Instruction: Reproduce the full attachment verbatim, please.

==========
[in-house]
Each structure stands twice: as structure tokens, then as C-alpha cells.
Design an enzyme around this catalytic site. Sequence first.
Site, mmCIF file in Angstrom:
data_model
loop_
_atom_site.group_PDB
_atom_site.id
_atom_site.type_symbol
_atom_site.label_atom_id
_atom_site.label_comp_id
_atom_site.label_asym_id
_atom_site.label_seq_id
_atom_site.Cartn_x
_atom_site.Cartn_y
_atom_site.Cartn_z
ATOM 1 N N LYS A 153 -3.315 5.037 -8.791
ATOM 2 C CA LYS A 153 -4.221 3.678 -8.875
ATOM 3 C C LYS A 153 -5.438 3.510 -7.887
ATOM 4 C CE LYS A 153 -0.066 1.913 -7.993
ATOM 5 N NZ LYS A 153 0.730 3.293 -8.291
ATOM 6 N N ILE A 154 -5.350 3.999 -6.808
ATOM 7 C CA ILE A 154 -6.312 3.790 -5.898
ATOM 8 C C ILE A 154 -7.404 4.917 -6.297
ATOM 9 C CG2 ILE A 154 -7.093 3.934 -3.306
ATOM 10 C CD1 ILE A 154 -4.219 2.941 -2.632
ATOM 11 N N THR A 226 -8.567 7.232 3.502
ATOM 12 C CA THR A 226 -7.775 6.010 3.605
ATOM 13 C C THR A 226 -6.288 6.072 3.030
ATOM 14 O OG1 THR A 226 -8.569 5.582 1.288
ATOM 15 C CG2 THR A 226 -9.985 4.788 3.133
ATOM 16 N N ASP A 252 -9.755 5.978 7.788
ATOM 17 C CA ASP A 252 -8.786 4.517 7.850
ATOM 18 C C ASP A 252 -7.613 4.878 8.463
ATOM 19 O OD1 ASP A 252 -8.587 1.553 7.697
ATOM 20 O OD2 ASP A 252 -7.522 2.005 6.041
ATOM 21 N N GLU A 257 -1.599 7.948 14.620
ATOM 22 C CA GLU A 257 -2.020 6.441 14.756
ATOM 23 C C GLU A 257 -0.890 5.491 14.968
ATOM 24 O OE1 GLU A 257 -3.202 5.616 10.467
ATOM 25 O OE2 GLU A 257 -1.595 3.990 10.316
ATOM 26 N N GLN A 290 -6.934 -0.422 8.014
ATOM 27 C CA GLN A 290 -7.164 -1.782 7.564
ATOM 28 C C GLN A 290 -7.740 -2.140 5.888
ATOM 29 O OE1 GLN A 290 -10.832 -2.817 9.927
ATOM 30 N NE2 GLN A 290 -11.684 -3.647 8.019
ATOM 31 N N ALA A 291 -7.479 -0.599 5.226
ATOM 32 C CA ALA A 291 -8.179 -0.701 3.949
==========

[in-house]
Each structure stands twice: as structure tokens, then as C-alpha cells.
Design an enzyme around this catalytic site. Sequence first.
Site, mmCIF file in Angstrom:
data_model
loop_
_atom_site.group_PDB
_atom_site.id
_atom_site.type_symbol
_atom_site.label_atom_id
_atom_site.label_comp_id
_atom_site.label_asym_id
_atom_site.label_seq_id
_atom_site.Cartn_x
_atom_site.Cartn_y
_atom_site.Cartn_z
ATOM 1 N N LYS A 153 -3.315 5.037 -8.791
ATOM 2 C CA LYS A 153 -4.221 3.678 -8.875
ATOM 3 C C LYS A 153 -5.438 3.510 -7.887
ATOM 4 C CE LYS A 153 -0.066 1.913 -7.993
ATOM 5 N NZ LYS A 153 0.730 3.293 -8.291
ATOM 6 N N ILE A 154 -5.350 3.999 -6.808
ATOM 7 C CA ILE A 154 -6.312 3.790 -5.898
ATOM 8 C C ILE A 154 -7.404 4.917 -6.297
ATOM 9 C CG2 ILE A 154 -7.093 3.934 -3.306
ATOM 10 C CD1 ILE A 154 -4.219 2.941 -2.632
ATOM 11 N N THR A 226 -8.567 7.232 3.502
ATOM 12 C CA THR A 226 -7.775 6.010 3.605
ATOM 13 C C THR A 226 -6.288 6.072 3.030
ATOM 14 O OG1 THR A 226 -8.569 5.582 1.288
ATOM 15 C CG2 THR A 226 -9.985 4.788 3.133
ATOM 16 N N ASP A 252 -9.755 5.978 7.788
ATOM 17 C CA ASP A 252 -8.786 4.517 7.850
ATOM 18 C C ASP A 252 -7.613 4.878 8.463
ATOM 19 O OD1 ASP A 252 -8.587 1.553 7.697
ATOM 20 O OD2 ASP A 252 -7.522 2.005 6.041
ATOM 21 N N GLU A 257 -1.599 7.948 14.620
ATOM 22 C CA GLU A 257 -2.020 6.441 14.756
ATOM 23 C C GLU A 257 -0.890 5.491 14.968
ATOM 24 O OE1 GLU A 257 -3.202 5.616 10.467
ATOM 25 O OE2 GLU A 257 -1.595 3.990 10.316
ATOM 26 N N GLN A 290 -6.934 -0.422 8.014
ATOM 27 C CA GLN A 290 -7.164 -1.782 7.564
ATOM 28 C C GLN A 290 -7.740 -2.140 5.888
ATOM 29 O OE1 GLN A 290 -10.832 -2.817 9.927
ATOM 30 N NE2 GLN A 290 -11.684 -3.647 8.019
ATOM 31 N N ALA A 291 -7.479 -0.599 5.226
ATOM 32 C CA ALA A 291 -8.179 -0.701 3.949